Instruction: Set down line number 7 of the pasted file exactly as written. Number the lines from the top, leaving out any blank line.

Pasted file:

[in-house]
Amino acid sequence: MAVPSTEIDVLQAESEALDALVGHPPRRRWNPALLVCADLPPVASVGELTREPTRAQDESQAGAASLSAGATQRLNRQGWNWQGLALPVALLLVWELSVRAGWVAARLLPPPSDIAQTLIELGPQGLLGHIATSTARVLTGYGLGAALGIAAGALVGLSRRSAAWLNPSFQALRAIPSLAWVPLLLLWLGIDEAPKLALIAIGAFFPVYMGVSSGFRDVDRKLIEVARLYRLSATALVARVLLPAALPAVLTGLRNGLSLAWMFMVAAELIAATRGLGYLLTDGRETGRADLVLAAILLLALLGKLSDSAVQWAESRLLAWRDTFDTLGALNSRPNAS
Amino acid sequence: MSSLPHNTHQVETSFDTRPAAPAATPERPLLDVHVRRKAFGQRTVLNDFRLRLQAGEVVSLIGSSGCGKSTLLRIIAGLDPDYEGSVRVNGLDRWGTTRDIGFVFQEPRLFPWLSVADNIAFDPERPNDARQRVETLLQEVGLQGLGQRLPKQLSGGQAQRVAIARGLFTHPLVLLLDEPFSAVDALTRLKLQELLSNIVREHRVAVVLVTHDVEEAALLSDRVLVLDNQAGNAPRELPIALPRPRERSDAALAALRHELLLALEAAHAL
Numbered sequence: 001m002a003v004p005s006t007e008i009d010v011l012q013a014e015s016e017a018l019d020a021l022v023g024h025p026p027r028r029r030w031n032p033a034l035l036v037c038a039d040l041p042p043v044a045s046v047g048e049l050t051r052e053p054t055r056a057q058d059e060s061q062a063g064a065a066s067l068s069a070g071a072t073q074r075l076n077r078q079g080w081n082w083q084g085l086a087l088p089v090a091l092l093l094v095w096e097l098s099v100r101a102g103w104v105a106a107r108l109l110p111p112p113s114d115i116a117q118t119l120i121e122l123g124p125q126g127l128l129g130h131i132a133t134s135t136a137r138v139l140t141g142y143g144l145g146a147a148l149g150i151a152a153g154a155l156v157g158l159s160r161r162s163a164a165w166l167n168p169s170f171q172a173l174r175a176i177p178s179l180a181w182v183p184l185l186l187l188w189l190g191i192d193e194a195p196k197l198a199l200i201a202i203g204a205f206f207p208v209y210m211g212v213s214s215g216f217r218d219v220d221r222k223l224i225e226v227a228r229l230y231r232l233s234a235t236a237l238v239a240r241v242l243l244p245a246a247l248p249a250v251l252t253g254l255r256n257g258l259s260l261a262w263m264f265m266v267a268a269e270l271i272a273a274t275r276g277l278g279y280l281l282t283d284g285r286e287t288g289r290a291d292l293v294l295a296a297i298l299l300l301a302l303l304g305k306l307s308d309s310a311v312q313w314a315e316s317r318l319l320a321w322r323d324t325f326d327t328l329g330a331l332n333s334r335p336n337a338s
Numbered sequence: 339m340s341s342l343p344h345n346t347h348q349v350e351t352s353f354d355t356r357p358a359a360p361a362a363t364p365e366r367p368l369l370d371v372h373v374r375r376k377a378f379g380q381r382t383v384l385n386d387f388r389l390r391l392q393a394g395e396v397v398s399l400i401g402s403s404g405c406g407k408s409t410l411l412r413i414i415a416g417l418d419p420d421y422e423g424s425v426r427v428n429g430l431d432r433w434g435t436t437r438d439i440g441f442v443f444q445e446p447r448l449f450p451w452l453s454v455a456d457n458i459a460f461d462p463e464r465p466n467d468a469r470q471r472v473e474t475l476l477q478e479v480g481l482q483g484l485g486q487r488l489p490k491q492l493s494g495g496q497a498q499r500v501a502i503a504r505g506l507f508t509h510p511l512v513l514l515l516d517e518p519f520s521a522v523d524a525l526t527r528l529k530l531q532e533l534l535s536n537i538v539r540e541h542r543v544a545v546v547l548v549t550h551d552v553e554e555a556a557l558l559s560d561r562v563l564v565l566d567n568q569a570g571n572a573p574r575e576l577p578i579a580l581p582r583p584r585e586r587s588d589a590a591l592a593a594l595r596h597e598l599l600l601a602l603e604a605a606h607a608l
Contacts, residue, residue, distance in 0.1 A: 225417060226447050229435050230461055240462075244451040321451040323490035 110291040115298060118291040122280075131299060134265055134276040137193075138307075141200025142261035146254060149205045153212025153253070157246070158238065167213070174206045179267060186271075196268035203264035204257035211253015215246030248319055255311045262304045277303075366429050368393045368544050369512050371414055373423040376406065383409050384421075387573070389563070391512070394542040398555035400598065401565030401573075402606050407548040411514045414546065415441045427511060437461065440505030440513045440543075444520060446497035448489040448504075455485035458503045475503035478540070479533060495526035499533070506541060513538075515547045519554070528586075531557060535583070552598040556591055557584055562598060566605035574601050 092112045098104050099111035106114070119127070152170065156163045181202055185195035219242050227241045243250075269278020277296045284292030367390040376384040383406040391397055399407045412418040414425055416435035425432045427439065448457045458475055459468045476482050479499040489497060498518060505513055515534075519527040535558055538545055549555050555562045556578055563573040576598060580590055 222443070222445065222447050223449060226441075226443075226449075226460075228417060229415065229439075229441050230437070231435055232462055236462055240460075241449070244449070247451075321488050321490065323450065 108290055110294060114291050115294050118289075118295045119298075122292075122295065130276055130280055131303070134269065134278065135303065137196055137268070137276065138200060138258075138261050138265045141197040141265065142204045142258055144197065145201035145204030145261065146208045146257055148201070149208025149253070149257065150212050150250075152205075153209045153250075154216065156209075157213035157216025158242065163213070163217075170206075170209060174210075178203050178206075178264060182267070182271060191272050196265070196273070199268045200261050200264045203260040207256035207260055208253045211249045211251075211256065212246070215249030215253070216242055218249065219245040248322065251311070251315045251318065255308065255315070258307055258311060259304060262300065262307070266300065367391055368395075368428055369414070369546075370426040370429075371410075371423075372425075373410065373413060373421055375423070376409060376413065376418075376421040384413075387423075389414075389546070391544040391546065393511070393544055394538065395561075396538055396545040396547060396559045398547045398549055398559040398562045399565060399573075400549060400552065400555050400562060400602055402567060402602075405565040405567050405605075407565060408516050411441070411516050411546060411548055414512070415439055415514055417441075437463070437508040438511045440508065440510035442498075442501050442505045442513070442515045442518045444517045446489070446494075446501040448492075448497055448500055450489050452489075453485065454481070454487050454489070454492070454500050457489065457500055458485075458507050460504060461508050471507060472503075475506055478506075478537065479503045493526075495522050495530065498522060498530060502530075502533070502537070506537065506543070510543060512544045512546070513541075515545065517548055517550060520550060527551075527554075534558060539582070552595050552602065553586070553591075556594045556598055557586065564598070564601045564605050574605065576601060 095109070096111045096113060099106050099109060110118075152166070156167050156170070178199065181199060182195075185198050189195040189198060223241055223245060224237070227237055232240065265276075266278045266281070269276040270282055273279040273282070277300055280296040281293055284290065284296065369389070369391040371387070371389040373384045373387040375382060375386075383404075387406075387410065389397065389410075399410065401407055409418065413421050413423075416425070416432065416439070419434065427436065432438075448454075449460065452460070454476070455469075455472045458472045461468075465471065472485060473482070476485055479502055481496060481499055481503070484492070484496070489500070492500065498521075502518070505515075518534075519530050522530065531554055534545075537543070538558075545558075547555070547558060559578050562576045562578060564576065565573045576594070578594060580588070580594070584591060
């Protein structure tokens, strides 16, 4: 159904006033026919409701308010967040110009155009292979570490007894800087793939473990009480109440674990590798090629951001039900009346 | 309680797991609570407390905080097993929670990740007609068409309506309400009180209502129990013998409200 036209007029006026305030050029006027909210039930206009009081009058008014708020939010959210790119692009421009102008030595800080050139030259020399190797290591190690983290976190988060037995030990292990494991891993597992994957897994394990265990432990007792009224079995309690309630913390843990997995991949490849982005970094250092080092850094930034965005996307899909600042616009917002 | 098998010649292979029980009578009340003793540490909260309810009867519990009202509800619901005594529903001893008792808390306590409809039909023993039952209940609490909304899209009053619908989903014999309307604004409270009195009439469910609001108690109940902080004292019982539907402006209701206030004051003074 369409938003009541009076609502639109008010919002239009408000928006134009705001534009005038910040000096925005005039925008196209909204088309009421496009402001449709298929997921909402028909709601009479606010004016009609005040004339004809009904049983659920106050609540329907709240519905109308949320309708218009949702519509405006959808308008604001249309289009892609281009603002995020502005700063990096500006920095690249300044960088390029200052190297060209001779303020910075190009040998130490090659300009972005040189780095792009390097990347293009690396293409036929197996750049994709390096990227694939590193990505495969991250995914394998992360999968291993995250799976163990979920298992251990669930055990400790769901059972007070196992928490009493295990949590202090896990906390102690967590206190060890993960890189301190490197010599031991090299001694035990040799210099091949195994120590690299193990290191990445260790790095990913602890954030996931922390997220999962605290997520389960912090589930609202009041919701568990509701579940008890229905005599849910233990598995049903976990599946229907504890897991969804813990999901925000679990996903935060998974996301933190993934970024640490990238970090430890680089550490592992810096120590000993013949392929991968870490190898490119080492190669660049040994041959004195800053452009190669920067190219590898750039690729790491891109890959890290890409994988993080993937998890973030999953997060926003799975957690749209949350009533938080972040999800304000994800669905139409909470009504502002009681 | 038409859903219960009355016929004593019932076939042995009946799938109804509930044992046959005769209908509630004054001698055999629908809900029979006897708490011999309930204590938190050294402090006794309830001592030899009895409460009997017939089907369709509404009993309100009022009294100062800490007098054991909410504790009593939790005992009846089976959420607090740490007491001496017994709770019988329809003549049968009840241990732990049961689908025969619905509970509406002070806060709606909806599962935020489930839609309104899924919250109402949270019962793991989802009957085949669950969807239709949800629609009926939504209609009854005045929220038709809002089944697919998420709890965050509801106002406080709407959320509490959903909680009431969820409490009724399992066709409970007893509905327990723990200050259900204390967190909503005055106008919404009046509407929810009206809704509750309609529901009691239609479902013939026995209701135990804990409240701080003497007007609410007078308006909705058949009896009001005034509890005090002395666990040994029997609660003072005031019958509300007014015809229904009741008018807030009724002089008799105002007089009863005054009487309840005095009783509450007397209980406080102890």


């Protein structure tokens, strides 16, 4: 159904006033026919409701308010967040110009155009292979570490007894800087793939473990009480109440674990590798090629951001039900009346 | 309680797991609570407390905080097993929670990740007609068409309506309400009180209502129990013998409200 036209007029006026305030050029006027909210039930206009009081009058008014708020939010959210790119692009421009102008030595800080050139030259020399190797290591190690983290976190988060037995030990292990494991891993597992994957897994394990265990432990007792009224079995309690309630913390843990997995991949490849982005970094250092080092850094930034965005996307899909600042616009917002 | 098998010649292979029980009578009340003793540490909260309810009867519990009202509800619901005594529903001893008792808390306590409809039909023993039952209940609490909304899209009053619908989903014999309307604004409270009195009439469910609001108690109940902080004292019982539907402006209701206030004051003074 369409938003009541009076609502639109008010919002239009408000928006134009705001534009005038910040000096925005005039925008196209909204088309009421496009402001449709298929997921909402028909709601009479606010004016009609005040004339004809009904049983659920106050609540329907709240519905109308949320309708218009949702519509405006959808308008604001249309289009892609281009603002995020502005700063990096500006920095690249300044960088390029200052190297060209001779303020910075190009040998130490090659300009972005040189780095792009390097990347293009690396293409036929197996750049994709390096990227694939590193990505495969991250995914394998992360999968291993995250799976163990979920298992251990669930055990400790769901059972007070196992928490009493295990949590202090896990906390102690967590206190060890993960890189301190490197010599031991090299001694035990040799210099091949195994120590690299193990290191990445260790790095990913602890954030996931922390997220999962605290997520389960912090589930609202009041919701568990509701579940008890229905005599849910233990598995049903976990599946229907504890897991969804813990999901925000679990996903935060998974996301933190993934970024640490990238970090430890680089550490592992810096120590000993013949392929991968870490190898490119080492190669660049040994041959004195800053452009190669920067190219590898750039690729790491891109890959890290890409994988993080993937998890973030999953997060926003799975957690749209949350009533938080972040999800304000994800669905139409909470009504502002009681 | 038409859903219960009355016929004593019932076939042995009946799938109804509930044992046959005769209908509630004054001698055999629908809900029979006897708490011999309930204590938190050294402090006794309830001592030899009895409460009997017939089907369709509404009993309100009022009294100062800490007098054991909410504790009593939790005992009846089976959420607090740490007491001496017994709770019988329809003549049968009840241990732990049961689908025969619905509970509406002070806060709606909806599962935020489930839609309104899924919250109402949270019962793991989802009957085949669950969807239709949800629609009926939504209609009854005045929220038709809002089944697919998420709890965050509801106002406080709407959320509490959903909680009431969820409490009724399992066709409970007893509905327990723990200050259900204390967190909503005055106008919404009046509407929810009206809704509750309609529901009691239609479902013939026995209701135990804990409240701080003497007007609410007078308006909705058949009896009001005034509890005090002395666990040994029997609660003072005031019958509300007014015809229904009741008018807030009724002089008799105002007089009863005054009487309840005095009783509450007397209980406080102890």